8 thoughts on “Ananke’s Promise by Deanne Quarrie”

  1. Brava! This is one of the best blogs I’ve ever read. It’s so true that even in tiny ways in our individual lives, Time and Inevitability create our personal realities and link them to consensual reality.


  2. Beautiful words! I so love the way you equated differing opinions and arguments among family members with love – the love that continues to bring them together to hash out their differences – a very loving thought to hold as we pass through inevitability and time.


  3. I looked up the name in ancient Greek, and found Ananke / ἀνάγκη, defined as “perforce,” “of necessity,” or as you say, “inevitability.” But in the plural it refers to laws, specifically the “laws of nature,” which is so lovely really, and interesting, because nature’s laws are not just inevitable, but always seem to make good sense. And certainly the universe was indeed created by way of time and the laws of nature. Perfect!!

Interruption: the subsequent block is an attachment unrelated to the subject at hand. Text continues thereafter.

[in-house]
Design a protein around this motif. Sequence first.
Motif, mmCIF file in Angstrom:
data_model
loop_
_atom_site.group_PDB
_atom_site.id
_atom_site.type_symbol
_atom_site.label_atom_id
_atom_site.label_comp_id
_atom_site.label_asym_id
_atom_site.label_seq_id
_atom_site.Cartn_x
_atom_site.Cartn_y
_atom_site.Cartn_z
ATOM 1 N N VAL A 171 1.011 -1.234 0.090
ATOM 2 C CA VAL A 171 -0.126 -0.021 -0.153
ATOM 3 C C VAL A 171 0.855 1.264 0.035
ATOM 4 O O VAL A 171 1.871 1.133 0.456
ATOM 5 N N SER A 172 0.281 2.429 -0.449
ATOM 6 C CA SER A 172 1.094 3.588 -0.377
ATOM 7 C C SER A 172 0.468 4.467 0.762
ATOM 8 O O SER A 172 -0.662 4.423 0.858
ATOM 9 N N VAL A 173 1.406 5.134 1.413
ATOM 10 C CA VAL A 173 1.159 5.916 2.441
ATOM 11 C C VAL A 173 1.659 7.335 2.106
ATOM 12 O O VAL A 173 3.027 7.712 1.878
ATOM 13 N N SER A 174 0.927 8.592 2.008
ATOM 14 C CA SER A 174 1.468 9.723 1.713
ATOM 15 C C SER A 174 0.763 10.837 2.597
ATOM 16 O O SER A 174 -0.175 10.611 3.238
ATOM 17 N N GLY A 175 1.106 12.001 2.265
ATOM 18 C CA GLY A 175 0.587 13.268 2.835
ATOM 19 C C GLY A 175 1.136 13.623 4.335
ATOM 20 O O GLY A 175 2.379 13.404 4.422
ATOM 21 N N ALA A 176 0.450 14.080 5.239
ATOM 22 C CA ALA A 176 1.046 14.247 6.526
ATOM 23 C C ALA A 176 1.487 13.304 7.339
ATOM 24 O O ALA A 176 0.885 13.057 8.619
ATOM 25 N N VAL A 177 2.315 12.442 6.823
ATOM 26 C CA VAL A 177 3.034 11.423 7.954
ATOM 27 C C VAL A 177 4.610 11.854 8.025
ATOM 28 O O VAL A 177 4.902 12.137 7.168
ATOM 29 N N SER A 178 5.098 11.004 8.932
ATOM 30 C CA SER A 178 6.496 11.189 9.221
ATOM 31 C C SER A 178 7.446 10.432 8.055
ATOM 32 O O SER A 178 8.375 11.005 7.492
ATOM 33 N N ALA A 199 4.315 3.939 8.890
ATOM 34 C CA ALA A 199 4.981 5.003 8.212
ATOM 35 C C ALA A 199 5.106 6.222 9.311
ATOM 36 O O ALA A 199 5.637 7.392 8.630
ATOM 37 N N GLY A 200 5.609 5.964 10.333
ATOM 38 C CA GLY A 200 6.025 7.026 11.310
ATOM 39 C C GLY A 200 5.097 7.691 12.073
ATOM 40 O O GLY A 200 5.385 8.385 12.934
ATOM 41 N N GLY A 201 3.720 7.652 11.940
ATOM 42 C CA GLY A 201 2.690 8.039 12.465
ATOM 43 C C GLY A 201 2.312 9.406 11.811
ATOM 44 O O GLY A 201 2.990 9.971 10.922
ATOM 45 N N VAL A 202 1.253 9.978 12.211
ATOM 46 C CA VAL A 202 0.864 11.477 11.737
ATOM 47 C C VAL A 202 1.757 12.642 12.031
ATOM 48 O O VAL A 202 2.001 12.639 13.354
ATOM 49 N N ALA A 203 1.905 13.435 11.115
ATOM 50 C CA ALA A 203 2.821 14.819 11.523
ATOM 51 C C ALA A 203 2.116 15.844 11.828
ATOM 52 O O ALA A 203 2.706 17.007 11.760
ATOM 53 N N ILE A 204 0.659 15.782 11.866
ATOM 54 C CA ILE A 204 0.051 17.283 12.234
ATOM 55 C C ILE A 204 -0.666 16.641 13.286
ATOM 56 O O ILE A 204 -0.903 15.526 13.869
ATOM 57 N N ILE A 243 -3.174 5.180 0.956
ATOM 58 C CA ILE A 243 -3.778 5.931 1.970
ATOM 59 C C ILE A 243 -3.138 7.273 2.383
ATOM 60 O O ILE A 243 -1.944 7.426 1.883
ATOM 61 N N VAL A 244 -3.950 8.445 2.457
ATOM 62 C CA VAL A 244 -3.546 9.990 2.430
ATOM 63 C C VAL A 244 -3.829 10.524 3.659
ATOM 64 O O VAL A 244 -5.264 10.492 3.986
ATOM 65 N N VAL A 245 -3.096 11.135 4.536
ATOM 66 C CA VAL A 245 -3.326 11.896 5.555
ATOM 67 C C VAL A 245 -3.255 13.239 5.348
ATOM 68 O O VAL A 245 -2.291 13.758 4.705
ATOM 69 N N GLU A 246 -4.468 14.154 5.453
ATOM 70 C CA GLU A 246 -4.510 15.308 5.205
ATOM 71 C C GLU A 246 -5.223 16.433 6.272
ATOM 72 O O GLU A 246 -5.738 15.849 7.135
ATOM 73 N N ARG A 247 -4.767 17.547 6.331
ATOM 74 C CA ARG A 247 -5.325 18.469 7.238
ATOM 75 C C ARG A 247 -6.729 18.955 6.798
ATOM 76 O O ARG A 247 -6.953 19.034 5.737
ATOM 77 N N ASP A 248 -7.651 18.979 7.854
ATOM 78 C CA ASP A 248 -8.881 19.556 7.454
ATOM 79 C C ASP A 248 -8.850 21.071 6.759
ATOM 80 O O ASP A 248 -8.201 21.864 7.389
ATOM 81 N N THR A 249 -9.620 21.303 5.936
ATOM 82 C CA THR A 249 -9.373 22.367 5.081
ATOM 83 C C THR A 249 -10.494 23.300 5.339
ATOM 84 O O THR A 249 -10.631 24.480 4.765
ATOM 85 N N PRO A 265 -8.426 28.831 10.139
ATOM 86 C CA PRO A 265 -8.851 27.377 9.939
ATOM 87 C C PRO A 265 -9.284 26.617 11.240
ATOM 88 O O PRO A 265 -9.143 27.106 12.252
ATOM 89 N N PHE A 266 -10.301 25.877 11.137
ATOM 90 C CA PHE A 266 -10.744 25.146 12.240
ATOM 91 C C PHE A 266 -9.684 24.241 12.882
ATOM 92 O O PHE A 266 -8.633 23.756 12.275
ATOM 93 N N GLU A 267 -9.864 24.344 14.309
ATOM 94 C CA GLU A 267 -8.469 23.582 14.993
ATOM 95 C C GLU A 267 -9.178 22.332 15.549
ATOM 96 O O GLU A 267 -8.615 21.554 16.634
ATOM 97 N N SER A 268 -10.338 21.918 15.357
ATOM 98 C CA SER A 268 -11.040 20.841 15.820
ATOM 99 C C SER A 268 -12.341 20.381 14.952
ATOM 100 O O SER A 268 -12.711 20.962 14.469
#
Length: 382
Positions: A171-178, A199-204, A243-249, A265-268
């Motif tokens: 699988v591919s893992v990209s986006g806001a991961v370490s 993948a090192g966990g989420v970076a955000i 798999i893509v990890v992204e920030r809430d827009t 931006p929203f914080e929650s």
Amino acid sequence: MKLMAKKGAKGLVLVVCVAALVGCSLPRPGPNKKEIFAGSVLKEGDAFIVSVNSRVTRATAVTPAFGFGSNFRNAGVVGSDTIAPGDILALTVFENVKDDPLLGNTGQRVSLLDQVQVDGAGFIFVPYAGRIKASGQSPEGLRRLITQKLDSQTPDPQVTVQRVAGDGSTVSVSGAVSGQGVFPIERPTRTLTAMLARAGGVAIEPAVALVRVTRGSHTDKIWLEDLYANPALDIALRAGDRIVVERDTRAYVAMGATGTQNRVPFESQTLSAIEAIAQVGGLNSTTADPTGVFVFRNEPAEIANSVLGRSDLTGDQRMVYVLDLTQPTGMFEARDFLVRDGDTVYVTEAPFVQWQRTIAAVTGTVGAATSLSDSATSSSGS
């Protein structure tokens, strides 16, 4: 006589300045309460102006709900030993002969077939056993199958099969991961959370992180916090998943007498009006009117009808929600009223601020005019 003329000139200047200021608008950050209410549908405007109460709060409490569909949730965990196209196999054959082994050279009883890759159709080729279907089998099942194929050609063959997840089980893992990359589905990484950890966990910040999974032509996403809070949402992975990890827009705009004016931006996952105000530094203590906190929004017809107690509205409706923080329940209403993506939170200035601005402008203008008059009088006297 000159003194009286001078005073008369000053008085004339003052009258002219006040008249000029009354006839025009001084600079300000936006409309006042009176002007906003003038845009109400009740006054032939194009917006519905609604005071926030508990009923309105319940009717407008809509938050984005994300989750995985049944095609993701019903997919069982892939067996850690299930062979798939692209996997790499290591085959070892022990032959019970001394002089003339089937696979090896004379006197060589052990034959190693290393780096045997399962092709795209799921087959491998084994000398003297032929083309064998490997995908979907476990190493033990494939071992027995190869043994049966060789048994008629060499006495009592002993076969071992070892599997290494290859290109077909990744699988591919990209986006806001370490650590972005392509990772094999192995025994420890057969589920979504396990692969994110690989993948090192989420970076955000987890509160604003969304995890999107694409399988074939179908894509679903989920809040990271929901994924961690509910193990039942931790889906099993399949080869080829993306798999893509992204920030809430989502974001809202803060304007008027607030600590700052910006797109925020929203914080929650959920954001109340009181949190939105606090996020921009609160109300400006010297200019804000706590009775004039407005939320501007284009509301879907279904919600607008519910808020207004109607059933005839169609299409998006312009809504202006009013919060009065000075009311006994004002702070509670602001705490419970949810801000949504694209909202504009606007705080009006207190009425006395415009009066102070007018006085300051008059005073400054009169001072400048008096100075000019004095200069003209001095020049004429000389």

4. Great post, Deanne. This myth is part of the Orphic tradition, is it not? The Orphics liked philosophical takes on reality, I think, so they translate nicely into our times.

    One quibble: I think using Darkness to mean night, lack of light, etc. is fine. But I would avoid “dark” in such statements as “darker path into poverty, criminality, envy and greed” or “when a child is born into a life containing a dark poverty of spirit,” because of its racist connotations.


  5. The stories of Ananke and Khronos, yes, do arise from the Orphic cosmogonies. As to your comments about the use of “dark” being seen as a racist connotation would have to come from the mindset of the reader, I suppose. To me dark has never been about skin color but about the energies of our hidden darker nature.